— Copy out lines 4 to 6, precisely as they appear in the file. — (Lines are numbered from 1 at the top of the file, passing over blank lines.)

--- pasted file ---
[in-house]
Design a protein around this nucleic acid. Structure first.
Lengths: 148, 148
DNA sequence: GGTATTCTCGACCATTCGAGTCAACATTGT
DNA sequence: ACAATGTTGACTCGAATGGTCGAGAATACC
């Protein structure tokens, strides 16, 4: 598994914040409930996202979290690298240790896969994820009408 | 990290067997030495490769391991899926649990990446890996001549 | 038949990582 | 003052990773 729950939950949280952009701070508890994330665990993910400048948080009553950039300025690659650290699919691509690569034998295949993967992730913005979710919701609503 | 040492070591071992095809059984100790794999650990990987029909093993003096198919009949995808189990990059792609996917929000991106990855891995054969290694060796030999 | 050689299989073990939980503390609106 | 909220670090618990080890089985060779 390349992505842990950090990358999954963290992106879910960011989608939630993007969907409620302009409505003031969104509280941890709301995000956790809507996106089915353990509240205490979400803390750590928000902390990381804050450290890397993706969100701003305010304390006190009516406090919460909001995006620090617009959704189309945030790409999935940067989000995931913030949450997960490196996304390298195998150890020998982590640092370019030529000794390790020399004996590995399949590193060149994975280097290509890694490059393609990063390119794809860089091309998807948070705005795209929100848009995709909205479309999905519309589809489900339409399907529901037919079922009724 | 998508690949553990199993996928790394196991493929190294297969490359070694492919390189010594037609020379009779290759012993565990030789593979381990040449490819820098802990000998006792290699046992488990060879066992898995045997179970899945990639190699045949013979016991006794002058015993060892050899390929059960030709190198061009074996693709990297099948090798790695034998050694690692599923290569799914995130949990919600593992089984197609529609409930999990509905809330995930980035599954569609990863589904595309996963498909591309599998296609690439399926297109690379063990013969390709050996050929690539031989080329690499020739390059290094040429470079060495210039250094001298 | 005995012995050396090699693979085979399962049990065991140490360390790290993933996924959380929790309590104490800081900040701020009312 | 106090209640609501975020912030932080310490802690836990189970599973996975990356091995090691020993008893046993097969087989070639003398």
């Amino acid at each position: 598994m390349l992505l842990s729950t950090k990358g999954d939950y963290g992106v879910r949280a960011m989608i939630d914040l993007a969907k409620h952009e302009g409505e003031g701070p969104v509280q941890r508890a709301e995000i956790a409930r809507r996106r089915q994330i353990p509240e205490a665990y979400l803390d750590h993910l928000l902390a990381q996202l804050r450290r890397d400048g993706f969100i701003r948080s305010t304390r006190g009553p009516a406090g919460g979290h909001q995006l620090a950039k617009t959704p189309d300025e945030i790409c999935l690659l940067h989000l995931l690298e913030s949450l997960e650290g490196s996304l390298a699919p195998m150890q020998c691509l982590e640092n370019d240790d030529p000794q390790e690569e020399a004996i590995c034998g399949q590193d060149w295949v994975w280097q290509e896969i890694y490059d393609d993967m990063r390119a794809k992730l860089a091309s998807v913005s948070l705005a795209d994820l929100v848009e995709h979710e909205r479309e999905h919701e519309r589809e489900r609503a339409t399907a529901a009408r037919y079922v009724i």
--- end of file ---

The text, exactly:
DNA sequence: GGTATTCTCGACCATTCGAGTCAACATTGT
DNA sequence: ACAATGTTGACTCGAATGGTCGAGAATACC
């Protein structure tokens, strides 16, 4: 598994914040409930996202979290690298240790896969994820009408 | 990290067997030495490769391991899926649990990446890996001549 | 038949990582 | 003052990773 729950939950949280952009701070508890994330665990993910400048948080009553950039300025690659650290699919691509690569034998295949993967992730913005979710919701609503 | 040492070591071992095809059984100790794999650990990987029909093993003096198919009949995808189990990059792609996917929000991106990855891995054969290694060796030999 | 050689299989073990939980503390609106 | 909220670090618990080890089985060779 390349992505842990950090990358999954963290992106879910960011989608939630993007969907409620302009409505003031969104509280941890709301995000956790809507996106089915353990509240205490979400803390750590928000902390990381804050450290890397993706969100701003305010304390006190009516406090919460909001995006620090617009959704189309945030790409999935940067989000995931913030949450997960490196996304390298195998150890020998982590640092370019030529000794390790020399004996590995399949590193060149994975280097290509890694490059393609990063390119794809860089091309998807948070705005795209929100848009995709909205479309999905519309589809489900339409399907529901037919079922009724 | 998508690949553990199993996928790394196991493929190294297969490359070694492919390189010594037609020379009779290759012993565990030789593979381990040449490819820098802990000998006792290699046992488990060879066992898995045997179970899945990639190699045949013979016991006794002058015993060892050899390929059960030709190198061009074996693709990297099948090798790695034998050694690692599923290569799914995130949990919600593992089984197609529609409930999990509905809330995930980035599954569609990863589904595309996963498909591309599998296609690439399926297109690379063990013969390709050996050929690539031989080329690499020739390059290094040429470079060495210039250094001298 | 005995012995050396090699693979085979399962049990065991140490360390790290993933996924959380929790309590104490800081900040701020009312 | 106090209640609501975020912030932080310490802690836990189970599973996975990356091995090691020993008893046993097969087989070639003398």